Russell said his bill is meant to protect speech of all kinds.
"We just don’t want the pendulum to swing too far the other way,” he said. "This protects people to do or say whatever they want, as long as it complies with local ordinances.”
Russell said hate crimes should be prosecuted by local officials and not the federal government.
He said the language is still being studied, but does not prevent local law enforcement from requesting help.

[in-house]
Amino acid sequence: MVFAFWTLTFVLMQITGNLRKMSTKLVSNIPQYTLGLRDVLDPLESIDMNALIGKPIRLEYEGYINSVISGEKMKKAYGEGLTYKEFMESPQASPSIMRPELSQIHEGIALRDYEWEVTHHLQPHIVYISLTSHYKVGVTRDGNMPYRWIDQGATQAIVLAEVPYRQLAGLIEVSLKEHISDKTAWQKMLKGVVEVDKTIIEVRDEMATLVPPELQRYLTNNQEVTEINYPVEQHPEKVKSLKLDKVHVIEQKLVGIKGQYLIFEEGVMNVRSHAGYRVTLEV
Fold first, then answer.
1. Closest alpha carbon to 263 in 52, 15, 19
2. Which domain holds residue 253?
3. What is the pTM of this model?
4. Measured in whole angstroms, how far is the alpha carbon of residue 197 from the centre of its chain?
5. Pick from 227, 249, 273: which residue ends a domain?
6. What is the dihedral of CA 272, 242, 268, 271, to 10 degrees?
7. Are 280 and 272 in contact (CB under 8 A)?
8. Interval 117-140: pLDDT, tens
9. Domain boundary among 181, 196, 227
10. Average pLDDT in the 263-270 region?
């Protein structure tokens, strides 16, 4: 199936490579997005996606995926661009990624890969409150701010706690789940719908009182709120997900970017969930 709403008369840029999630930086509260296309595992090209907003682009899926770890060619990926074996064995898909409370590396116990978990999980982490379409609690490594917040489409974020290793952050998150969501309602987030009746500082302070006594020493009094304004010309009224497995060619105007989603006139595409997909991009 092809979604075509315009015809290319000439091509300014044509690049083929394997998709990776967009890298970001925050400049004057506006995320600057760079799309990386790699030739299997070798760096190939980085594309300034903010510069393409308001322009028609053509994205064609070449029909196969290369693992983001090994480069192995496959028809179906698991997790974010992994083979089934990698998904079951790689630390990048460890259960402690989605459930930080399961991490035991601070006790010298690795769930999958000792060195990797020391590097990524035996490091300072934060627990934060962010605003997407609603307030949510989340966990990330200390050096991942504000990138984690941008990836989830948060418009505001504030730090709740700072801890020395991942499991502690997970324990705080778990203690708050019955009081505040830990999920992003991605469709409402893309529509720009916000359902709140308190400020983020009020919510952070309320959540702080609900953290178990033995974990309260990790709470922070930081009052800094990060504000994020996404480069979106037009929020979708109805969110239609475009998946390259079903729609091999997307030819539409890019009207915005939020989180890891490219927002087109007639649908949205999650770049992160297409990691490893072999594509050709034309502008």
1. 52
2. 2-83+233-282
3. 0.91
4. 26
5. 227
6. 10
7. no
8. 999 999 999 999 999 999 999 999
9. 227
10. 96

Sen. John Sparks, D-Norman, said the measure could make it difficult for district attorneys to comply.
"This is putting district attorneys in a position to break the law,” Sparks said. "They could be guilty of obstruction of justice if the federal government requests evidence and they don’t turn it over. This language has all sorts of ramifications.”